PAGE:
The Search for Jin

Fa Jin or Issuing Energy is a crucial part of Chinese Martial Arts. But what is Fa Jin, really, and —as far as combat goes— does it actually work? Having spent decades in the martial arts I can testify to having seen impressive demonstrations of Fa Jin, but, like watching a good magician, what is perceived is not always what was done. This article could easily be a chapter in a book on CMA but I just want to interject (as Broadway Danny Rose would say)  a few ideas here. There is much more to be said on this but let’s start here…


The character for Jin is composed of three parts. In this case it is additive. If you start with the character on the right you have Li strength

力 Li

To this you add the “I” shaped character which is meant to represent a tradesman’s measuring tool and you get Gong (yes, like in Gong Fu)…Skill

功 Gong

And finally when the skills moves like water in a refined manner you get Jin, specialialized skill of a high degree like a pianist’s touch… or the light touch of the bricklayer’s trowel that cuts a brick to a perfect line.

Jin is meant to be a highly skilled application of focused power and timing. It is not simply strength or energy. In his classic book “The Fundamentals of Tai Chi Chuan” by Huang Wen-Shan, the author lists dozens of jins. My personal belief is that they are an authentic part of martial training but each of them requires a series of conditions which must be present. Otherwise why issue that particular jin? What I am seeing is a lot of people doing is issuing jin out of context. That vibrating palm stuck in the middle of the form may look good but why is it vibrating right now! Jins should always be associated with contact of some kind. That’s why most people training should stay away from Kong Jin or energy transmitted. Every inch of skin on each person is different, a skill is most perfectly informed when pure flesh meets pure flesh.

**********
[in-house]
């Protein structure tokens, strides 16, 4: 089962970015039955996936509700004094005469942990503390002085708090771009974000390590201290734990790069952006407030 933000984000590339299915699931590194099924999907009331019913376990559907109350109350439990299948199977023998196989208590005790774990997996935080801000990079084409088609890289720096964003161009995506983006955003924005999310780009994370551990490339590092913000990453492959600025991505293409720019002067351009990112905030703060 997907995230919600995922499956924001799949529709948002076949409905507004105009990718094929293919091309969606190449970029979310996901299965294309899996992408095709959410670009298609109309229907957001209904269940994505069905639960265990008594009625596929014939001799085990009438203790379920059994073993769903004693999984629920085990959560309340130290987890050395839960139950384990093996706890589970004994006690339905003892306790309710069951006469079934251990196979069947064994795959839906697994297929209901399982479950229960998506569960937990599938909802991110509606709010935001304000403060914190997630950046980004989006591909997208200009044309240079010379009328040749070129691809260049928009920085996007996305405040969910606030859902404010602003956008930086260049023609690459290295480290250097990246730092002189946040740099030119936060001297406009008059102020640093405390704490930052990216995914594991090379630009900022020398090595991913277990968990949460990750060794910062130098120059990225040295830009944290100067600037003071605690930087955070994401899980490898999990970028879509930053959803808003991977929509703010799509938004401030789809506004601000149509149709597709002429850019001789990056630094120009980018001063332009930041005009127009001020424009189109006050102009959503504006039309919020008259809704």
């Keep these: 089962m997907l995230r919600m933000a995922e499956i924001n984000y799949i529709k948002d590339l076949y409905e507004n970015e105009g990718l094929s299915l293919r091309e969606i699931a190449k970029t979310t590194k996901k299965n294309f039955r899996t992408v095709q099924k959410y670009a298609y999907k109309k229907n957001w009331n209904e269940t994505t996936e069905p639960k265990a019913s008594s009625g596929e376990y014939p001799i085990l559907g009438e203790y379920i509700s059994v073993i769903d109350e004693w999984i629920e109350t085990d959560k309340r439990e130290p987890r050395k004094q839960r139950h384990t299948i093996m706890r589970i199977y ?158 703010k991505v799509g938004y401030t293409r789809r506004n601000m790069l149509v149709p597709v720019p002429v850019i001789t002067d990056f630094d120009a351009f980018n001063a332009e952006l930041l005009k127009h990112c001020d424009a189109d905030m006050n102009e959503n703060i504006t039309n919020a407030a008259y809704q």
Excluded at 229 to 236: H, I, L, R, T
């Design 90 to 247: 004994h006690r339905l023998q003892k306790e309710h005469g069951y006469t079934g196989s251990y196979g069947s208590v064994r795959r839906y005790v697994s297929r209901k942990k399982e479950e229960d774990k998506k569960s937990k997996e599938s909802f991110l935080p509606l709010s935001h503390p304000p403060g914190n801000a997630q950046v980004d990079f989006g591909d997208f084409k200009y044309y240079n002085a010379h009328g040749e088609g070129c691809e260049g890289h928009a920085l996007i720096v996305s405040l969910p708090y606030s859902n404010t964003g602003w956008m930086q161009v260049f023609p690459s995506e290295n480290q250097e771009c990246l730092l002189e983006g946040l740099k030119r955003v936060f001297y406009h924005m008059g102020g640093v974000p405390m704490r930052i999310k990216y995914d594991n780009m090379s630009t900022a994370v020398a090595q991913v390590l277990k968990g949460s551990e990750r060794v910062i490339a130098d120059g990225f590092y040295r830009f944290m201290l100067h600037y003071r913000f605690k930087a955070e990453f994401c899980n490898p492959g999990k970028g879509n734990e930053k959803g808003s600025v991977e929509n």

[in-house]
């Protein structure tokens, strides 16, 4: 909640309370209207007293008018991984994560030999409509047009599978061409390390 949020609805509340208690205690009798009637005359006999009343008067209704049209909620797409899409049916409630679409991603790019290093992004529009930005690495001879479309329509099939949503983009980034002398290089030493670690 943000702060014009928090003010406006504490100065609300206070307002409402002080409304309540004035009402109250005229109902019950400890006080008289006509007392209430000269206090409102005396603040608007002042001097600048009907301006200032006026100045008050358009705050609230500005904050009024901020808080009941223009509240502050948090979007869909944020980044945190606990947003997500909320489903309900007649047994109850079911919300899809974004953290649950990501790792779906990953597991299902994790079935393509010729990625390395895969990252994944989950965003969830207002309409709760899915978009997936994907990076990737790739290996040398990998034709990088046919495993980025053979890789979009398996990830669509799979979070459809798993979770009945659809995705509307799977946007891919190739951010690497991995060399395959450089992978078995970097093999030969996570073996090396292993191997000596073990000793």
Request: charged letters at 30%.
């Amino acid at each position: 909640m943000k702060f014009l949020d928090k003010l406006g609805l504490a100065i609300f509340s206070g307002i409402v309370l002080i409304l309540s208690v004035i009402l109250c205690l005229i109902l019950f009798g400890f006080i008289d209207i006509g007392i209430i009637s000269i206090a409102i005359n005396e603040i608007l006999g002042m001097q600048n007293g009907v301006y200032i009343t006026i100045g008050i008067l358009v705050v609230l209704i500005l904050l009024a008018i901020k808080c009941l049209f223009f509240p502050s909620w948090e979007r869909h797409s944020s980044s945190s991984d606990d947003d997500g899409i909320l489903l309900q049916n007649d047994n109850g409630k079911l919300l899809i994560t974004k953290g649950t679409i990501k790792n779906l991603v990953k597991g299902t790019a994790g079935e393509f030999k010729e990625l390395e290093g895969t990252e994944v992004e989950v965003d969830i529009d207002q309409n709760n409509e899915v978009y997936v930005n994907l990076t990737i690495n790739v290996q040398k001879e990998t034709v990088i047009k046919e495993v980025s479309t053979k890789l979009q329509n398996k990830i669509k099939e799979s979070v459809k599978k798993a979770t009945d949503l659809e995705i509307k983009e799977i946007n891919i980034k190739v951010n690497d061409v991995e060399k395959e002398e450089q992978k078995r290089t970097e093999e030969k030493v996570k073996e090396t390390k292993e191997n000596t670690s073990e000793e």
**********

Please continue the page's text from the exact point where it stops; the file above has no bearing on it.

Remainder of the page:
Let’s take the case of Tai Chi. Chen style certainly issues, but for every instance I see of this done properly I see at least a hundred that are less appropriate. And look at the Thunder Style, which is in my opinion a more significant step in structure and usage than the “new” roads. Here the issuance is not only defined but exquisitely detailed.

Fa Jin Issuing Energy


Per example, one of our newest DVDs is by a gentleman named Wang Hao Da. If you don’t already know about him, and study Tai Chi, you should. A student of Ma Yueh Liang, he performs a Wu style Tai Chi sprinkled—no, peppered—with Fa Jin. He does it in a smooth and perfectly punctuated way. One sign of his expertise is how many there are and how rapidly and effortlessly he issues. I’m not pointing his work out (we have five or six DVDs of him) as a product but as just one example of this important issue. CMA must be closely examined and verfied to re-take its primary place among martial arts. Often the problem is not that it doesn’t work but that the context has been completely lost.

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